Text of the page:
It’s early morning and the sun has just come up.  I open my eyes and am hit with a wave of grief as I remember that my loved one is gone.  My mind begins to remember the events of the last few days and I replay the reality that now is my life again and again.

The pain of the memory quickly moves from my mind down to my chest and into my stomach.  Memories come flooding into me of the days before the funeral and the seemingly endless days after the funeral.  I roll over trying to shift the pain that sits heavy within me realizing that it isn’t going to help.  I am overwhelmed by my grief.

The grief process can plague us with racing thoughts and restless minds. It can be physically daunting. Grief can leave us feeling helpless and unsure of what to do from one moment to the next.  I find it particularly challenging in the early morning or evening when the rest of the world is quiet and I am alone with my thoughts.  I know what I could do, but deciding what to do next can be overwhelming, so often times my response is to do nothing and lean into the pain and sadness.  I want this feeling to end.  I want to make it stop but don’t know what to do.

If you are looking for an alternative and are feeling restless, it can be very helpful to find something you can do to honor the memory of your loved one.  You can be in action and being in action helps you control your surroundings. You can choose to spend your day remembering the good times you had together and celebrating their life as a way to help you get through the day and begin to heal.

By choosing what you are focusing on, you are regaining a sense of control during an uncertain time.

Here are a few options you can use to focus on the love you have for the one you’ve lost.

  • Buy a flower and plant it in a small pot to have beside your bed.
  • Gather mementos and build a memory box.
  • Frame a special picture or create a collage and share it on Facebook.
  • Paint a picture that expresses your feelings about your loved one.
  • Write your loved one a letter.
  • Light a candle and watch it flicker as you recollect the top 3 things you loved most about your loved one. Write them down.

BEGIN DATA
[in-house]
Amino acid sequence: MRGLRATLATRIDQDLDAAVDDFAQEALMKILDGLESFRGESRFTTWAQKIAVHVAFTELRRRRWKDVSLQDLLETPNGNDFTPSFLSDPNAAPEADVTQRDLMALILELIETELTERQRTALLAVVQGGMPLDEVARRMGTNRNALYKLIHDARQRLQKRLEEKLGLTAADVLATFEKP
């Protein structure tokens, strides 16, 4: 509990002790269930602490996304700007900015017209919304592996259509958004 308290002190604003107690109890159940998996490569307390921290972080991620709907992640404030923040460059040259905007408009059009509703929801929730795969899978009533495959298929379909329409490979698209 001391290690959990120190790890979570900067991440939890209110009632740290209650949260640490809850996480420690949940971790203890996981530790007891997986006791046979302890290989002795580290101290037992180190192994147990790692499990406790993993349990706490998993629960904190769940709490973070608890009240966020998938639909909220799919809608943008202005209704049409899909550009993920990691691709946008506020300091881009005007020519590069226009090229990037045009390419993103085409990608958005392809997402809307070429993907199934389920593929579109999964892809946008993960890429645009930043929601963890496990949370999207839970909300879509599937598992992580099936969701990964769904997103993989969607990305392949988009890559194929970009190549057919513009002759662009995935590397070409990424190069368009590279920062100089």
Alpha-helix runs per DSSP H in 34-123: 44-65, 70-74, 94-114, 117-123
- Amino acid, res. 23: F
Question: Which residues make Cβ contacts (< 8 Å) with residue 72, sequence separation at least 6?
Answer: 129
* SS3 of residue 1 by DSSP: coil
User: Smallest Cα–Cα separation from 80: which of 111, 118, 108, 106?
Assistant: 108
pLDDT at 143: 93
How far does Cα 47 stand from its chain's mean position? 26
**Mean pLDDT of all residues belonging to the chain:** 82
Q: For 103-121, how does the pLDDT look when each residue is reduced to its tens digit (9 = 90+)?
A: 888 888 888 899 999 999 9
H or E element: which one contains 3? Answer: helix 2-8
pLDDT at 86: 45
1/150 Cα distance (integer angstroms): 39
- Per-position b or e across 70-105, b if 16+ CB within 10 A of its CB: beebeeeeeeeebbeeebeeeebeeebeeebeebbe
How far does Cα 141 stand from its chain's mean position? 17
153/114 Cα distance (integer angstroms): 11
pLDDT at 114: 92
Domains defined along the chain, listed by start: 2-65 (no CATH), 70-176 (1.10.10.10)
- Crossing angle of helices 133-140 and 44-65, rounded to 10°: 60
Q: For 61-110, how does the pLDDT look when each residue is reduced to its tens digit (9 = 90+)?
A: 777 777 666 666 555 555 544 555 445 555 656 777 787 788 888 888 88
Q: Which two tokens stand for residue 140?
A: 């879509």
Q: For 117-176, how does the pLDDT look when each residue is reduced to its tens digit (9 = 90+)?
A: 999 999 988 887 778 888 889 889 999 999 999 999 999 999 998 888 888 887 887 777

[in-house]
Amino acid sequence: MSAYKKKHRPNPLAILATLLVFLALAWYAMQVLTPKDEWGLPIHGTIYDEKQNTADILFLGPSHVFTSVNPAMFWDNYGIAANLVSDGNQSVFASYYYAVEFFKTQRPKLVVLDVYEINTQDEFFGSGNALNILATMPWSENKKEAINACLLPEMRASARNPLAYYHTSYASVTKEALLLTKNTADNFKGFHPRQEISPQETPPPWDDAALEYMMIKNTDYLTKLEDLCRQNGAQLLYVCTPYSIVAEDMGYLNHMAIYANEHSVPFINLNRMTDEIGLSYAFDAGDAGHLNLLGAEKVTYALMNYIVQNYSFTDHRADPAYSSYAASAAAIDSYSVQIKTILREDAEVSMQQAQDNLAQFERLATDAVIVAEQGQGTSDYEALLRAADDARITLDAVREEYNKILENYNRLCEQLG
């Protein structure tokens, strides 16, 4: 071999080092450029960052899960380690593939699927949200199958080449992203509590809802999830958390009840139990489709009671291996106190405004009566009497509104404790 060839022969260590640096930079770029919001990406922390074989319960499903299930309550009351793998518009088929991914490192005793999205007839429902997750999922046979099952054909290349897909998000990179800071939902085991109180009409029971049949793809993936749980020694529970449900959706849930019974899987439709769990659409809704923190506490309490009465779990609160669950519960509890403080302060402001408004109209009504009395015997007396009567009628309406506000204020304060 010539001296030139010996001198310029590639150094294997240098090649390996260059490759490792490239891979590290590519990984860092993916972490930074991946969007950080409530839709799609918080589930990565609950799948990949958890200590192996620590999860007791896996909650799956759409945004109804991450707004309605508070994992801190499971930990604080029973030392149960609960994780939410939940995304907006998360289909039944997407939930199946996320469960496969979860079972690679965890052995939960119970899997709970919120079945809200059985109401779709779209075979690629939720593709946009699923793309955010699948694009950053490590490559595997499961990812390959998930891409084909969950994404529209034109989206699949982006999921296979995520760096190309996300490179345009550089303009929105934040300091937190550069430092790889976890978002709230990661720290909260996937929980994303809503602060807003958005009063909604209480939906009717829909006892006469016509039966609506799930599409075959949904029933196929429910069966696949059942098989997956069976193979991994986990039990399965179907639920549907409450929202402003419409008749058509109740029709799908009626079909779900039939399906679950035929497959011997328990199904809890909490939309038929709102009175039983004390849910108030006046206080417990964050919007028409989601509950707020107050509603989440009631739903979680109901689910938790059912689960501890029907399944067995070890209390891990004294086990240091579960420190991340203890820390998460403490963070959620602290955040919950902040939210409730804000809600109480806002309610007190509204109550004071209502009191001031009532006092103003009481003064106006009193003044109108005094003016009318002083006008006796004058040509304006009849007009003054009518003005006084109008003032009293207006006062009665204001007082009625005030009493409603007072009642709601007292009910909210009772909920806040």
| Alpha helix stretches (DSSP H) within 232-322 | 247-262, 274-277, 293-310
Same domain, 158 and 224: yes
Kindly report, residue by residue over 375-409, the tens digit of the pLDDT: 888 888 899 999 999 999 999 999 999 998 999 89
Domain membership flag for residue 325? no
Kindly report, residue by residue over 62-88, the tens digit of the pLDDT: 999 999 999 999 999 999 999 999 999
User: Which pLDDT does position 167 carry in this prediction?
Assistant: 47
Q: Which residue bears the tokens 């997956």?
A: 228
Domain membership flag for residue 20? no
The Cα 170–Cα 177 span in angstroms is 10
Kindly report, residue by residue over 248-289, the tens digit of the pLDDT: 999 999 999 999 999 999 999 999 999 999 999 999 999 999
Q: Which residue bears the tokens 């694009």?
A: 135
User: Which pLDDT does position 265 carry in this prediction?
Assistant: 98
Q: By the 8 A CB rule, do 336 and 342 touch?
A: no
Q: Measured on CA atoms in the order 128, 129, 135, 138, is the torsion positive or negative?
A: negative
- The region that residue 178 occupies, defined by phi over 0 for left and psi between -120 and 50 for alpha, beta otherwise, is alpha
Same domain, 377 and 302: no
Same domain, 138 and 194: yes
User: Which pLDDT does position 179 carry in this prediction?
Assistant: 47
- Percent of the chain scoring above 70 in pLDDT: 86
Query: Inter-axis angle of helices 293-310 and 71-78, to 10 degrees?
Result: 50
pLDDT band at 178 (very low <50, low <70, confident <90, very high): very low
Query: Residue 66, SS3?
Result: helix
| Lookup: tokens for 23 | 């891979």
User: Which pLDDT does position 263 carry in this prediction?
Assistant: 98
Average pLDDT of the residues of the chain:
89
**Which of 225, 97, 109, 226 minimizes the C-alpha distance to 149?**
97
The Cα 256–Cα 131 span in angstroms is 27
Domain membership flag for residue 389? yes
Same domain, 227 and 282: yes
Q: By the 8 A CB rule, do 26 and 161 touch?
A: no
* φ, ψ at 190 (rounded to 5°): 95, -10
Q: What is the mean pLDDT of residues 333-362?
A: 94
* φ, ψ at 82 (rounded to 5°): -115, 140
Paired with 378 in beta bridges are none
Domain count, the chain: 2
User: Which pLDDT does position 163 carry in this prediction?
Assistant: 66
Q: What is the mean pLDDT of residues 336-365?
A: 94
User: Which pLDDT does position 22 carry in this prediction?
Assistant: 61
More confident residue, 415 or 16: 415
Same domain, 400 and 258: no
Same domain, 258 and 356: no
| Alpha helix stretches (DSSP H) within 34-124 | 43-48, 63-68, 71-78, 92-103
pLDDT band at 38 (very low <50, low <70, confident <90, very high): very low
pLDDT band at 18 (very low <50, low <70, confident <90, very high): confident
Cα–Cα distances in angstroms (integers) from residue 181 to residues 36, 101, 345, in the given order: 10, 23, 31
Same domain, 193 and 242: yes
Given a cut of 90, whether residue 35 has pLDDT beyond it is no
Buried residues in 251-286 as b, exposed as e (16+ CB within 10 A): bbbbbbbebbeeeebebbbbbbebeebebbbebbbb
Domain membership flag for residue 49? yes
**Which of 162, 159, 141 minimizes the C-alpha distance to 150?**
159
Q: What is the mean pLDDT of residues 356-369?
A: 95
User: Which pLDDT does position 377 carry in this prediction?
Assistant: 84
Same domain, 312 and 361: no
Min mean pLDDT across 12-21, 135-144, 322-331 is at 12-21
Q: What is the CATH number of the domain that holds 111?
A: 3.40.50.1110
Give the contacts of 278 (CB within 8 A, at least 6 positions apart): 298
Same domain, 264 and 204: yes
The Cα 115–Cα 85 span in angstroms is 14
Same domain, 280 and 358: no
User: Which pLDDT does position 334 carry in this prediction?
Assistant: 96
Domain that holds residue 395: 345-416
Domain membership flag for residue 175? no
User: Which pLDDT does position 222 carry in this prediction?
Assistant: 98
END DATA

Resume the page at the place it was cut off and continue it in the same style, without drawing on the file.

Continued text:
And as you focus on the love you have in your heart, remember this. The amount of pain we feel is directly related to the amount of love we carry in our hearts.

It’s interesting to me how surprised we are by the amount of pain we feel in the earliest days of grief.  We feel so much pain.  We don’t realize that we hurt so intensely because we loved so intensely.  Of course we are sad.  Of course we feel pain.  Of course we don’t know how to live without them.

You CAN do more than just survive your grief.  You can be in action and create something original.  You can create something beautiful because it comes from you and comes from the love you hold in your heart.  Today, try being in creation and turning your pain into something you can share with the world.  If it feels good to you, repeat it or try something else.  If it doesn’t, that’s okay too.  Give yourself the time you need to process your emotions and try again another day.

Catherine McNulty

After losing her infant son in 2011, Catherine embarked on a journey to do more than survive grief. The loss forever changed the trajectory of her life and sent her looking for meaning and purpose for the life she was given. She channeled the love for her son into her own healing, self-growth and personal empowerment. Today, she has created a framework to grief that disrupts conventional ways of looking at loss. She challenges her clients to step outside of a victim mindset and regain control of how they navigate grief. She teaches how to grow through grief and encourages speaking openly about grief to break down the walls of silence around grief. Catherine lives in San Diego with her family where she speaks, writes, and offers coaching to those who want to do more than just survive grief. She is a board member of Empty Cradle and volunteers at Miracle Babies and the Ronald McDonald House. Her business, Grief INSPIRED supports those who are grieving and guides them to create a new normal that honors the ones they’ve lost.

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